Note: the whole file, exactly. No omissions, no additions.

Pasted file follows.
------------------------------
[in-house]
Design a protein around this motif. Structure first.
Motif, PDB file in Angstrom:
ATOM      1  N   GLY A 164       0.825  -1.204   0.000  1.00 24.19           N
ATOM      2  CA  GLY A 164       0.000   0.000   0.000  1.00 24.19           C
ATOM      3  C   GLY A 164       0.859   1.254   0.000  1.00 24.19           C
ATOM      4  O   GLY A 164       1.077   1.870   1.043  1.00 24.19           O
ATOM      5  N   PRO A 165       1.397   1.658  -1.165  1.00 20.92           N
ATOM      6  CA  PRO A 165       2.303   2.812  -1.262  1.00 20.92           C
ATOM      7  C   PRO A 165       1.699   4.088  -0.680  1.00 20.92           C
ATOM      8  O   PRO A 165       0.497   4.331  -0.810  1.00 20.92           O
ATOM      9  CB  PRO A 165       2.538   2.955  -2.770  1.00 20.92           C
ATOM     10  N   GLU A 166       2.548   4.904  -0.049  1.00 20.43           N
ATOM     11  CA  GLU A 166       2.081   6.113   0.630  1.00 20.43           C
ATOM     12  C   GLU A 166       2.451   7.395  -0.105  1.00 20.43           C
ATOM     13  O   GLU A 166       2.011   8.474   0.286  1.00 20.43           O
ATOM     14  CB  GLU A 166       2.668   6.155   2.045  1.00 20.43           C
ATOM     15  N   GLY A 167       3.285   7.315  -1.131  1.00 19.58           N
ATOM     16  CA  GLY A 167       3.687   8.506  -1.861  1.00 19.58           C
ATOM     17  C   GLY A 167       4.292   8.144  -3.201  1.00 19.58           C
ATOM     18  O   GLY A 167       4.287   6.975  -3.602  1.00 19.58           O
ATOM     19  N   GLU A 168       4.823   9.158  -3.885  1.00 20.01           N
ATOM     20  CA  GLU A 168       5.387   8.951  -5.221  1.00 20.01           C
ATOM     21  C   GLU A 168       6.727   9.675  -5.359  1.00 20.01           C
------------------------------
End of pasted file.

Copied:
[in-house]
Design a protein around this motif. Structure first.
Motif, PDB file in Angstrom:
ATOM      1  N   GLY A 164       0.825  -1.204   0.000  1.00 24.19           N
ATOM      2  CA  GLY A 164       0.000   0.000   0.000  1.00 24.19           C
ATOM      3  C   GLY A 164       0.859   1.254   0.000  1.00 24.19           C
ATOM      4  O   GLY A 164       1.077   1.870   1.043  1.00 24.19           O
ATOM      5  N   PRO A 165       1.397   1.658  -1.165  1.00 20.92           N
ATOM      6  CA  PRO A 165       2.303   2.812  -1.262  1.00 20.92           C
ATOM      7  C   PRO A 165       1.699   4.088  -0.680  1.00 20.92           C
ATOM      8  O   PRO A 165       0.497   4.331  -0.810  1.00 20.92           O
ATOM      9  CB  PRO A 165       2.538   2.955  -2.770  1.00 20.92           C
ATOM     10  N   GLU A 166       2.548   4.904  -0.049  1.00 20.43           N
ATOM     11  CA  GLU A 166       2.081   6.113   0.630  1.00 20.43           C
ATOM     12  C   GLU A 166       2.451   7.395  -0.105  1.00 20.43           C
ATOM     13  O   GLU A 166       2.011   8.474   0.286  1.00 20.43           O
ATOM     14  CB  GLU A 166       2.668   6.155   2.045  1.00 20.43           C
ATOM     15  N   GLY A 167       3.285   7.315  -1.131  1.00 19.58           N
ATOM     16  CA  GLY A 167       3.687   8.506  -1.861  1.00 19.58           C
ATOM     17  C   GLY A 167       4.292   8.144  -3.201  1.00 19.58           C
ATOM     18  O   GLY A 167       4.287   6.975  -3.602  1.00 19.58           O
ATOM     19  N   GLU A 168       4.823   9.158  -3.885  1.00 20.01           N
ATOM     20  CA  GLU A 168       5.387   8.951  -5.221  1.00 20.01           C
ATOM     21  C   GLU A 168       6.727   9.675  -5.359  1.00 20.01           C